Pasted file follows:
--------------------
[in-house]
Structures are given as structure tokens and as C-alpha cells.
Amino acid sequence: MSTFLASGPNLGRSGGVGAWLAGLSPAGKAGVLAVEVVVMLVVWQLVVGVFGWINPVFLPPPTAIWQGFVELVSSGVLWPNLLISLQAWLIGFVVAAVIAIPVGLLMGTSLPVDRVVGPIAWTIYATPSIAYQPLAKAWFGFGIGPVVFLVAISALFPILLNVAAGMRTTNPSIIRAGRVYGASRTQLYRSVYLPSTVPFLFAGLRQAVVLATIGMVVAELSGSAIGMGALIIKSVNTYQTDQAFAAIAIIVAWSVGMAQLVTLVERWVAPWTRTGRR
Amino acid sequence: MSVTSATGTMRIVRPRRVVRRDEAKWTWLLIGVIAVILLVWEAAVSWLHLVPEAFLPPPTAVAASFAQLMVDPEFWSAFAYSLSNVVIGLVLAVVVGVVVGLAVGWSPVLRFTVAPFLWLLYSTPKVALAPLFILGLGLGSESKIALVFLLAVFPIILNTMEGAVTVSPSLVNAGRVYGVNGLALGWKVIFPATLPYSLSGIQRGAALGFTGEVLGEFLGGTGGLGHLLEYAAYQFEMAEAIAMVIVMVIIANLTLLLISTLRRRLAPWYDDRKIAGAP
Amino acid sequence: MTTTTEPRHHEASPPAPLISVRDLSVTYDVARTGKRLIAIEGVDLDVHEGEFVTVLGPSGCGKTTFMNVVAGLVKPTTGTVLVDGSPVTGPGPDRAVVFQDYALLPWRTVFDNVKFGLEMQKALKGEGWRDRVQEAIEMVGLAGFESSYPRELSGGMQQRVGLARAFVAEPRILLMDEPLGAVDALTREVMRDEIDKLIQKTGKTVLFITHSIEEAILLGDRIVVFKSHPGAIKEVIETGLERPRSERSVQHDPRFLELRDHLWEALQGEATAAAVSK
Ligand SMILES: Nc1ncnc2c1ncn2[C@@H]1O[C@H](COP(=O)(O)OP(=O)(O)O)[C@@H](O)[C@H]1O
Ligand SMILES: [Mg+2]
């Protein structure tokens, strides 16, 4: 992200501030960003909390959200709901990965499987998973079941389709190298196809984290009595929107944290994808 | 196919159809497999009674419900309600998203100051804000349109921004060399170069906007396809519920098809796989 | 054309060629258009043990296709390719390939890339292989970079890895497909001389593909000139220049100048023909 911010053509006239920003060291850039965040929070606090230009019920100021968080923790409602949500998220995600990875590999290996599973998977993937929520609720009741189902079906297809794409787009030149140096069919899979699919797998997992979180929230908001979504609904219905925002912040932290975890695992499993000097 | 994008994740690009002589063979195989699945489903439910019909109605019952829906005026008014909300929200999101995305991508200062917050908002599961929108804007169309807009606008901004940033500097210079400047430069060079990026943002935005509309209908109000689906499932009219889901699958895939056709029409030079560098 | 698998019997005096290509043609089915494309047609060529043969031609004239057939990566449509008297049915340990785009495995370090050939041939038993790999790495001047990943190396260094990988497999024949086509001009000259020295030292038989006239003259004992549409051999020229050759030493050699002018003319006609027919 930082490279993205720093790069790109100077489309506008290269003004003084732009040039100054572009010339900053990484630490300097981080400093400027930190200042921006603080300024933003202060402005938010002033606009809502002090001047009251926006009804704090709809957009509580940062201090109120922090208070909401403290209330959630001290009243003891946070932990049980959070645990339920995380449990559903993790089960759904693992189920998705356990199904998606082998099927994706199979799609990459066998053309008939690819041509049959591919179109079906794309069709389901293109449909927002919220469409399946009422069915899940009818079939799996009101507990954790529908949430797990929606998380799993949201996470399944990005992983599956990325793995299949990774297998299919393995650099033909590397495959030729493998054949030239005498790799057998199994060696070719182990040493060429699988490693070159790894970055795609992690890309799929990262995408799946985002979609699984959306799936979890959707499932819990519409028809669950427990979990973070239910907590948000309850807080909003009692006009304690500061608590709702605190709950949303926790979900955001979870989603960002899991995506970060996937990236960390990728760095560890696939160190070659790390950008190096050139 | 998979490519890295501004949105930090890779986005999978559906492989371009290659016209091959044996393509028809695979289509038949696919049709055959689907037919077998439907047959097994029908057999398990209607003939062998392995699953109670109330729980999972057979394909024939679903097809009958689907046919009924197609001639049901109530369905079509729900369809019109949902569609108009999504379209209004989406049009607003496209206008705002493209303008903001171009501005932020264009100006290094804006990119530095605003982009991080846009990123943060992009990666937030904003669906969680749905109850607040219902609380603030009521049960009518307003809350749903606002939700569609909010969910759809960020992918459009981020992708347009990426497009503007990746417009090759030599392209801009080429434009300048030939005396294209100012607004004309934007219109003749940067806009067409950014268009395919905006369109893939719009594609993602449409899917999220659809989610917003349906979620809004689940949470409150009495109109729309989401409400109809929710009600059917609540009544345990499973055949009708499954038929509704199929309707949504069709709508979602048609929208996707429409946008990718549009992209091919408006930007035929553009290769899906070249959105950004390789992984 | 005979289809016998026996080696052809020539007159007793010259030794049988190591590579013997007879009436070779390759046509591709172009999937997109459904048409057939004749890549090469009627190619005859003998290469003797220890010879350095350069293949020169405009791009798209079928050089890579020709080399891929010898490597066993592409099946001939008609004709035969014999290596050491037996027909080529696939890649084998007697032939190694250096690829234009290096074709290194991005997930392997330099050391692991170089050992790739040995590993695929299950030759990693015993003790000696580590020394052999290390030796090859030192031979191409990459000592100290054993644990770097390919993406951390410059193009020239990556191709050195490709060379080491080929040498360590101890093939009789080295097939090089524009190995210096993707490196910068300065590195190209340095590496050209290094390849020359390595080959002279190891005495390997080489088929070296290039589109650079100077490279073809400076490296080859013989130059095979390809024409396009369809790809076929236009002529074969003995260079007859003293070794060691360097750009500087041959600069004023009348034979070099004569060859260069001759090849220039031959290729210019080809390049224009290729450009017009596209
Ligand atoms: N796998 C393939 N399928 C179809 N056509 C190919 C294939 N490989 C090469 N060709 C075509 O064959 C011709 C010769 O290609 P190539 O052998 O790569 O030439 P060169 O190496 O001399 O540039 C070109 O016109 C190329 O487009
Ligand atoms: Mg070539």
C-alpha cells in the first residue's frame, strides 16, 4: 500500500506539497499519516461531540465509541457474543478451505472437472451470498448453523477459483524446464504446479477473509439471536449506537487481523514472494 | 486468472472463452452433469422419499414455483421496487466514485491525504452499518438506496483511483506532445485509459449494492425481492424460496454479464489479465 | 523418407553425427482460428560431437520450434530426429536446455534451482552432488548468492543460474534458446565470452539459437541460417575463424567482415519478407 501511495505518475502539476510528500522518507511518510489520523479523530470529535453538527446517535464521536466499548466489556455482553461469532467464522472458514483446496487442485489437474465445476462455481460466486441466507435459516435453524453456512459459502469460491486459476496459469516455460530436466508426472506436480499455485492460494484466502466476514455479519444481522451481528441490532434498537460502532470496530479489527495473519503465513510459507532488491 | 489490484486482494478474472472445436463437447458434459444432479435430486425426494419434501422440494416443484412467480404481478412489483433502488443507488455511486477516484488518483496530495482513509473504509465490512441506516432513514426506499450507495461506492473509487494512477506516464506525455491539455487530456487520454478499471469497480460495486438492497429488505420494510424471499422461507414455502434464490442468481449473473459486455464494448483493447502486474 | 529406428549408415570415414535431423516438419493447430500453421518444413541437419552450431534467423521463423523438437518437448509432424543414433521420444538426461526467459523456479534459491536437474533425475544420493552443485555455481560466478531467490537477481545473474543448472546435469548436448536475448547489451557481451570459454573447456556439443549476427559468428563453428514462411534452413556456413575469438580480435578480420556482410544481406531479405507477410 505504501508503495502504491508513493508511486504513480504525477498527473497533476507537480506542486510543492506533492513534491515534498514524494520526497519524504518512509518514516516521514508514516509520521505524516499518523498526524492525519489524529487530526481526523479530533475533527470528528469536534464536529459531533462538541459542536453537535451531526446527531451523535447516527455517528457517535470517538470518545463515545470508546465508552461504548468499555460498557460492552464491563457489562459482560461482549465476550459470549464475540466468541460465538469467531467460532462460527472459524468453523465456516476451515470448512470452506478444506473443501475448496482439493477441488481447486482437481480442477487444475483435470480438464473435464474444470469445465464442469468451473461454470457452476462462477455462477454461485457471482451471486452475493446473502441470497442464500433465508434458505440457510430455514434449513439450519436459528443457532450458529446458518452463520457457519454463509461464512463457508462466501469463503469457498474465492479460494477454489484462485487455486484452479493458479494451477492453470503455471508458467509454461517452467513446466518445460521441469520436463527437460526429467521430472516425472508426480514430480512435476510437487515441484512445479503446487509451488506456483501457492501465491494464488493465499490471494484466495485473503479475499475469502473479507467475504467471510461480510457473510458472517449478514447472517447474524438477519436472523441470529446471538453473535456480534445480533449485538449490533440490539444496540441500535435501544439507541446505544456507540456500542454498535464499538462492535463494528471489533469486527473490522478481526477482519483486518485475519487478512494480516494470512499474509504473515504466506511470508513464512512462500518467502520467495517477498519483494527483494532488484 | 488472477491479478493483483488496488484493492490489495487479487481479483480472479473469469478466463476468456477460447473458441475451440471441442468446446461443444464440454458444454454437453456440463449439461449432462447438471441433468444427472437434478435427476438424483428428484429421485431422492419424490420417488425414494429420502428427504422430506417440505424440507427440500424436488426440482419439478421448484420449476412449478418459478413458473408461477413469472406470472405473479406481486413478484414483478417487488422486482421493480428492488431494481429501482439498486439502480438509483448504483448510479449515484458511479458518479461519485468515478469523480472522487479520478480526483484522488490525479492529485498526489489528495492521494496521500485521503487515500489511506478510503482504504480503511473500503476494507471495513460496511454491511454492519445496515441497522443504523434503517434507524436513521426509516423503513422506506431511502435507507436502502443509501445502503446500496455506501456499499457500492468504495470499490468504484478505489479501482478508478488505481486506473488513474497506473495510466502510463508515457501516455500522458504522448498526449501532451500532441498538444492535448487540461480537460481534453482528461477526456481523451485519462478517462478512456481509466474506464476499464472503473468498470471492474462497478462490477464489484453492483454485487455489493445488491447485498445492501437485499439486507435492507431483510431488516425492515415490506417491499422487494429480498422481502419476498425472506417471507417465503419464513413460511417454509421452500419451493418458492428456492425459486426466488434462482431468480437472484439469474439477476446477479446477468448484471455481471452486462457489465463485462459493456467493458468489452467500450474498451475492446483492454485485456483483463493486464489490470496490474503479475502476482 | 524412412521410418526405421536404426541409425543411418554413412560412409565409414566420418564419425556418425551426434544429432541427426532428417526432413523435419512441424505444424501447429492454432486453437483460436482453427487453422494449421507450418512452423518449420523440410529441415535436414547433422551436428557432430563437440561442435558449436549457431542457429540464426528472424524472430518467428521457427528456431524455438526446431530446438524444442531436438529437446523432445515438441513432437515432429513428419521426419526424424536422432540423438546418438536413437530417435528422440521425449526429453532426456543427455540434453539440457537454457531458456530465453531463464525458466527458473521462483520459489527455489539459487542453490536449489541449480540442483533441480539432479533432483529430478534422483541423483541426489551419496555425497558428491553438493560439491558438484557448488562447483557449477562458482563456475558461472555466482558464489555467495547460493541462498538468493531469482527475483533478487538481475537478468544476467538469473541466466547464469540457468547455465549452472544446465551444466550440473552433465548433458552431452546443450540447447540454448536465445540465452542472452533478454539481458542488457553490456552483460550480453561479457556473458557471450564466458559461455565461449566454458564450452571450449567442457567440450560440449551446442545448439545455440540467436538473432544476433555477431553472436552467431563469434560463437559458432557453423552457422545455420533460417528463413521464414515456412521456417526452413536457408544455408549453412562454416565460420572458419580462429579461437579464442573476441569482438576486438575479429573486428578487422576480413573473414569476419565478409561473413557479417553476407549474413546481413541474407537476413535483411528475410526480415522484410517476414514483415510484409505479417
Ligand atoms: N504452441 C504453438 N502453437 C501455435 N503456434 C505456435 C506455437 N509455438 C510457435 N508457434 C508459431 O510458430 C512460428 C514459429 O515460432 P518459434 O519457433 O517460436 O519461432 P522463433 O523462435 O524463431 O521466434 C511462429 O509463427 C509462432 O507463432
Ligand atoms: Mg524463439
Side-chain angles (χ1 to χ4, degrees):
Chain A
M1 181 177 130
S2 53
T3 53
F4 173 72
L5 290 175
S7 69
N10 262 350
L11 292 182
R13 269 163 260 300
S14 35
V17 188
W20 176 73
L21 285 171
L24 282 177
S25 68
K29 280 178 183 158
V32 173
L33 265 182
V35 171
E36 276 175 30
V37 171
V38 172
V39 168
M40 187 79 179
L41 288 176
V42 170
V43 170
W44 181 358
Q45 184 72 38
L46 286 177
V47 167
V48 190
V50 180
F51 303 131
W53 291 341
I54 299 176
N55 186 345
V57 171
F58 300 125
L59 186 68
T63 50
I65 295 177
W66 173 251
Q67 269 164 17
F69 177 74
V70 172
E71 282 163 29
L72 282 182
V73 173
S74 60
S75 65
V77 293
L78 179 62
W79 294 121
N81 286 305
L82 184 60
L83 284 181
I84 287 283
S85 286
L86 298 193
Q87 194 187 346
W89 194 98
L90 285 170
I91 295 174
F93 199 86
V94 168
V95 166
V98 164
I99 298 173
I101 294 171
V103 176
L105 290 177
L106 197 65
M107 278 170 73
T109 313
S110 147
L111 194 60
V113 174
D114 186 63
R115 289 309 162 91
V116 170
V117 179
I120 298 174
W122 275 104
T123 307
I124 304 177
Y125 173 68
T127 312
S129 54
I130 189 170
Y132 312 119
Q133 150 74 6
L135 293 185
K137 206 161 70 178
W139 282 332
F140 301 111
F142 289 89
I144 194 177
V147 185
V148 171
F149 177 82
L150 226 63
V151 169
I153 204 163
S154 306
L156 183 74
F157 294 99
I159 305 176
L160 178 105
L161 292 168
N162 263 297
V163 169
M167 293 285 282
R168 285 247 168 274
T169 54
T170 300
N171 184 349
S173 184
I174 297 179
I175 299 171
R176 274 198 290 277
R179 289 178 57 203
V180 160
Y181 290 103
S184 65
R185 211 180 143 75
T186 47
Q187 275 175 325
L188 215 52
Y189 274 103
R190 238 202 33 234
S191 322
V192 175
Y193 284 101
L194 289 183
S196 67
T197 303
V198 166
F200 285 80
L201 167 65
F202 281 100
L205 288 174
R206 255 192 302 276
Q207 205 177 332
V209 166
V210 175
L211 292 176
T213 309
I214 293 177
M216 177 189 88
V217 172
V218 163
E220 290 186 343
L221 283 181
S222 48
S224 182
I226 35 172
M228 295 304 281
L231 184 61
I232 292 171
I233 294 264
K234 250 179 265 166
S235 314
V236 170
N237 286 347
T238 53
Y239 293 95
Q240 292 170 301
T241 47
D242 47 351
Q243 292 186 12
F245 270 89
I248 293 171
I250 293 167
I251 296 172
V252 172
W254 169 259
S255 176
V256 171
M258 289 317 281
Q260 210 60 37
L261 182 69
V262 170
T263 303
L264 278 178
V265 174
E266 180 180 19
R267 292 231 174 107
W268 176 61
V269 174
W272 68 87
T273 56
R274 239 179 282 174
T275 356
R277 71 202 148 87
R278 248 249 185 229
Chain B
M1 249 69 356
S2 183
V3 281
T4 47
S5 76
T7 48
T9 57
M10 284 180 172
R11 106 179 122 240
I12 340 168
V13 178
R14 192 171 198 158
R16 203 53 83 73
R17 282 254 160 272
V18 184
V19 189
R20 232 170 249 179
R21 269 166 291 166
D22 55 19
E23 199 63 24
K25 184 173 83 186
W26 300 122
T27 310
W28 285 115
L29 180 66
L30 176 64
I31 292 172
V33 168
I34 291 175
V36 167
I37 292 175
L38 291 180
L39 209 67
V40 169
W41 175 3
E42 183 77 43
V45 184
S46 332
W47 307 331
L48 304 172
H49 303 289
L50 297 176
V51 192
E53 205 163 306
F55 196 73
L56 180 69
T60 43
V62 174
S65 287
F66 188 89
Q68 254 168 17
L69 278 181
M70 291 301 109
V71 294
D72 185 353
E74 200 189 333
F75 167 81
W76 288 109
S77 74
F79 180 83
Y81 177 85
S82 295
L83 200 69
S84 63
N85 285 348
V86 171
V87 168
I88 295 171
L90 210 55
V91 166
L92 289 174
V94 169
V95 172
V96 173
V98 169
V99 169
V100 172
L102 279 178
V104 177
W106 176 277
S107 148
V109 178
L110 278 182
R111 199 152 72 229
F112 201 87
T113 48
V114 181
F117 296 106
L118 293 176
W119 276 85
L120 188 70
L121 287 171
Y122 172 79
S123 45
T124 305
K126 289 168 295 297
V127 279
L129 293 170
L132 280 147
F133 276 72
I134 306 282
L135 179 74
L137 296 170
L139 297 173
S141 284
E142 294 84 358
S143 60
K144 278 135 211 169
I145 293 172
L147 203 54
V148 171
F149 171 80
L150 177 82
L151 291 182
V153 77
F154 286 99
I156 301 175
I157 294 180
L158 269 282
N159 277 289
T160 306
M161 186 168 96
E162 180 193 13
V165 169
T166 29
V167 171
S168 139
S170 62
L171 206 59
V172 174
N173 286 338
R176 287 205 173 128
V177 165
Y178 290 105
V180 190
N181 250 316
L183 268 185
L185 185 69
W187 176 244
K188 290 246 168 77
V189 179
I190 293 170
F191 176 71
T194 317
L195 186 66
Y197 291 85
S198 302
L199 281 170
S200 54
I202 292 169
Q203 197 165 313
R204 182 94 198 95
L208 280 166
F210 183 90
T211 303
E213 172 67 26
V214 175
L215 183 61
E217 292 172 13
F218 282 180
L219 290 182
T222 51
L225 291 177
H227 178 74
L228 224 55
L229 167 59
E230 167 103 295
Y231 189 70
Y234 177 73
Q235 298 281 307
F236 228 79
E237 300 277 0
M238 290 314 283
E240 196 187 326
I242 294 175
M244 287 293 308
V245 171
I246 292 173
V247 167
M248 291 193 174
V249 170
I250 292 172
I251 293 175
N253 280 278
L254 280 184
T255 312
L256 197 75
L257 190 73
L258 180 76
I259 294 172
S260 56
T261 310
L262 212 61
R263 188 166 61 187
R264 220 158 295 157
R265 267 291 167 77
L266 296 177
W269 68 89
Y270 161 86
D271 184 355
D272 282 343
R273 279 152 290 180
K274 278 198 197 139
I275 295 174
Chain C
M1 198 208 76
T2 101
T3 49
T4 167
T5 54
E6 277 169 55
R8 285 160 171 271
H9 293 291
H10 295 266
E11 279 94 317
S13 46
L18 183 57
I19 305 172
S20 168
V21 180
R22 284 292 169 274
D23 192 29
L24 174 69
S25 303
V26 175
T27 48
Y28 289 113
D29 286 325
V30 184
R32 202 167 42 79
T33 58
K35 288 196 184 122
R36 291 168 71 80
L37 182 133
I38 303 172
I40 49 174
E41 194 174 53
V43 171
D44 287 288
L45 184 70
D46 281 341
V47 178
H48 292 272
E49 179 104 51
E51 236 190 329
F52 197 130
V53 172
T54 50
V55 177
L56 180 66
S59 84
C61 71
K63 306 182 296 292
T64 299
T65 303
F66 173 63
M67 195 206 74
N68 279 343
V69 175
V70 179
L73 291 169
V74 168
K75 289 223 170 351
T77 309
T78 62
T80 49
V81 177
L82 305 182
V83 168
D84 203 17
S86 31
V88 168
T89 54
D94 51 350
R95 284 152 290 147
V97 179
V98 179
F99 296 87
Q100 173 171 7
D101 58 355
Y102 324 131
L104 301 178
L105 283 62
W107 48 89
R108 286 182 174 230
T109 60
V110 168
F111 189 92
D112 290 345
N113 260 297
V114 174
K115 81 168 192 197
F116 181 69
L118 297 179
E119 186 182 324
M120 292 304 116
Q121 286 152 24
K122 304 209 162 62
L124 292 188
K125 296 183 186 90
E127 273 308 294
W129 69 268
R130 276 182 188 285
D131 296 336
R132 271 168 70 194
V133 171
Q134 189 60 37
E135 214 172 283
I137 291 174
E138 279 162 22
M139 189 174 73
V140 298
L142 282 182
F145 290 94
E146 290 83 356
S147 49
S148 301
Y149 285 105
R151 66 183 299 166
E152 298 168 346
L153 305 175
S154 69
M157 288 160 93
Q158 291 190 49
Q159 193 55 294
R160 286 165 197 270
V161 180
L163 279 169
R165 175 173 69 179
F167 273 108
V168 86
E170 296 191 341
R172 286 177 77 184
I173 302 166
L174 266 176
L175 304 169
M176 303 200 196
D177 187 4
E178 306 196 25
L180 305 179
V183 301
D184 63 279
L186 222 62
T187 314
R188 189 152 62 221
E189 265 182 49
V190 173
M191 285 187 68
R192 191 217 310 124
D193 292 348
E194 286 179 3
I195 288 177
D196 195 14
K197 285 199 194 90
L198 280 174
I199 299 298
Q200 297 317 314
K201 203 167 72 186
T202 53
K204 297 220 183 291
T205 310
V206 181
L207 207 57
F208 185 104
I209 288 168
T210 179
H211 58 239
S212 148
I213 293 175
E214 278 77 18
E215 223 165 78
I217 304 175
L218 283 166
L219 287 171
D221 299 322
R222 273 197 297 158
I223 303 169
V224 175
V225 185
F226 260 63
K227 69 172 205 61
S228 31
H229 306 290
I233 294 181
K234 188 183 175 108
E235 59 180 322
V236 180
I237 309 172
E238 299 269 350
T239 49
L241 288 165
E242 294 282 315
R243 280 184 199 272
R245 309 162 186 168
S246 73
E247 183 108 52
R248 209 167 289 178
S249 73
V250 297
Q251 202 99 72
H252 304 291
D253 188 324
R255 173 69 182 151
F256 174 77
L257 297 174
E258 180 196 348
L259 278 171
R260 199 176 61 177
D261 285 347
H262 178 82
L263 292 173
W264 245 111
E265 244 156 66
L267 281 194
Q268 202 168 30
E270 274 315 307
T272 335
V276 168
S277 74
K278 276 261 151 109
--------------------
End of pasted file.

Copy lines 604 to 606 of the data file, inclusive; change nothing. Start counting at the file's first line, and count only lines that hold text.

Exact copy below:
E242 294 282 315
R243 280 184 199 272
R245 309 162 186 168